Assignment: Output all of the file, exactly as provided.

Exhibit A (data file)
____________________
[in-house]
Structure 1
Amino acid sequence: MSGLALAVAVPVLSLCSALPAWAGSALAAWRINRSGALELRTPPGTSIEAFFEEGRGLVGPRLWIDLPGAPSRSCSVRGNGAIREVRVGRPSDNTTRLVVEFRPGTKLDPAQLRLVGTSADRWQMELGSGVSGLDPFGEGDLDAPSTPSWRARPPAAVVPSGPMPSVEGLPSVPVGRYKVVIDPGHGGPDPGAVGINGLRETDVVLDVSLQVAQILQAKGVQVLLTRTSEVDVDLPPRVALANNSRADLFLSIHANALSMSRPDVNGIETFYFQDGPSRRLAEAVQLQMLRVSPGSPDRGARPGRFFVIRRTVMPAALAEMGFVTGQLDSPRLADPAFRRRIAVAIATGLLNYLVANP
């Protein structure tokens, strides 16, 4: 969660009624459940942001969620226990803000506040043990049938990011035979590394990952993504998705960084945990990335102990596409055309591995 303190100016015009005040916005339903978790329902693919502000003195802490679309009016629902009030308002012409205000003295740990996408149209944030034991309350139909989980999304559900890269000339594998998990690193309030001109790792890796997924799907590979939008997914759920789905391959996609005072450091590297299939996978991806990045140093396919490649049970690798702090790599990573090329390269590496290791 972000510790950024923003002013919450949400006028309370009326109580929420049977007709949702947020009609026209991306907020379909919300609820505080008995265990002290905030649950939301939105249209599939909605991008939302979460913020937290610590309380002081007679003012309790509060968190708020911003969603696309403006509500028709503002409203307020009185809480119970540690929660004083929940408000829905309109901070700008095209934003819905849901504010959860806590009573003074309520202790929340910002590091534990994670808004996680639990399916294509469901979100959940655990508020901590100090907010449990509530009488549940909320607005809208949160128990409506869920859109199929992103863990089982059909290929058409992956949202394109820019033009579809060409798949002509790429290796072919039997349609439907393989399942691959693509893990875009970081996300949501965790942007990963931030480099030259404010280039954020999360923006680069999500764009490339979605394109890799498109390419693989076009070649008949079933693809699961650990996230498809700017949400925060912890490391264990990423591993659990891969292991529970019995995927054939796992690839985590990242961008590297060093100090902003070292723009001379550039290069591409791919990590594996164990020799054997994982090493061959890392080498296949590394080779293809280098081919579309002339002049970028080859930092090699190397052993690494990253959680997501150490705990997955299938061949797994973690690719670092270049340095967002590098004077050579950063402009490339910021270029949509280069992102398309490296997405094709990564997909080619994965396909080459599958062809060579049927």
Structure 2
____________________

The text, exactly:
[in-house]
Structure 1
Amino acid sequence: MSGLALAVAVPVLSLCSALPAWAGSALAAWRINRSGALELRTPPGTSIEAFFEEGRGLVGPRLWIDLPGAPSRSCSVRGNGAIREVRVGRPSDNTTRLVVEFRPGTKLDPAQLRLVGTSADRWQMELGSGVSGLDPFGEGDLDAPSTPSWRARPPAAVVPSGPMPSVEGLPSVPVGRYKVVIDPGHGGPDPGAVGINGLRETDVVLDVSLQVAQILQAKGVQVLLTRTSEVDVDLPPRVALANNSRADLFLSIHANALSMSRPDVNGIETFYFQDGPSRRLAEAVQLQMLRVSPGSPDRGARPGRFFVIRRTVMPAALAEMGFVTGQLDSPRLADPAFRRRIAVAIATGLLNYLVANP
């Protein structure tokens, strides 16, 4: 969660009624459940942001969620226990803000506040043990049938990011035979590394990952993504998705960084945990990335102990596409055309591995 303190100016015009005040916005339903978790329902693919502000003195802490679309009016629902009030308002012409205000003295740990996408149209944030034991309350139909989980999304559900890269000339594998998990690193309030001109790792890796997924799907590979939008997914759920789905391959996609005072450091590297299939996978991806990045140093396919490649049970690798702090790599990573090329390269590496290791 972000510790950024923003002013919450949400006028309370009326109580929420049977007709949702947020009609026209991306907020379909919300609820505080008995265990002290905030649950939301939105249209599939909605991008939302979460913020937290610590309380002081007679003012309790509060968190708020911003969603696309403006509500028709503002409203307020009185809480119970540690929660004083929940408000829905309109901070700008095209934003819905849901504010959860806590009573003074309520202790929340910002590091534990994670808004996680639990399916294509469901979100959940655990508020901590100090907010449990509530009488549940909320607005809208949160128990409506869920859109199929992103863990089982059909290929058409992956949202394109820019033009579809060409798949002509790429290796072919039997349609439907393989399942691959693509893990875009970081996300949501965790942007990963931030480099030259404010280039954020999360923006680069999500764009490339979605394109890799498109390419693989076009070649008949079933693809699961650990996230498809700017949400925060912890490391264990990423591993659990891969292991529970019995995927054939796992690839985590990242961008590297060093100090902003070292723009001379550039290069591409791919990590594996164990020799054997994982090493061959890392080498296949590394080779293809280098081919579309002339002049970028080859930092090699190397052993690494990253959680997501150490705990997955299938061949797994973690690719670092270049340095967002590098004077050579950063402009490339910021270029949509280069992102398309490296997405094709990564997909080619994965396909080459599958062809060579049927």
Structure 2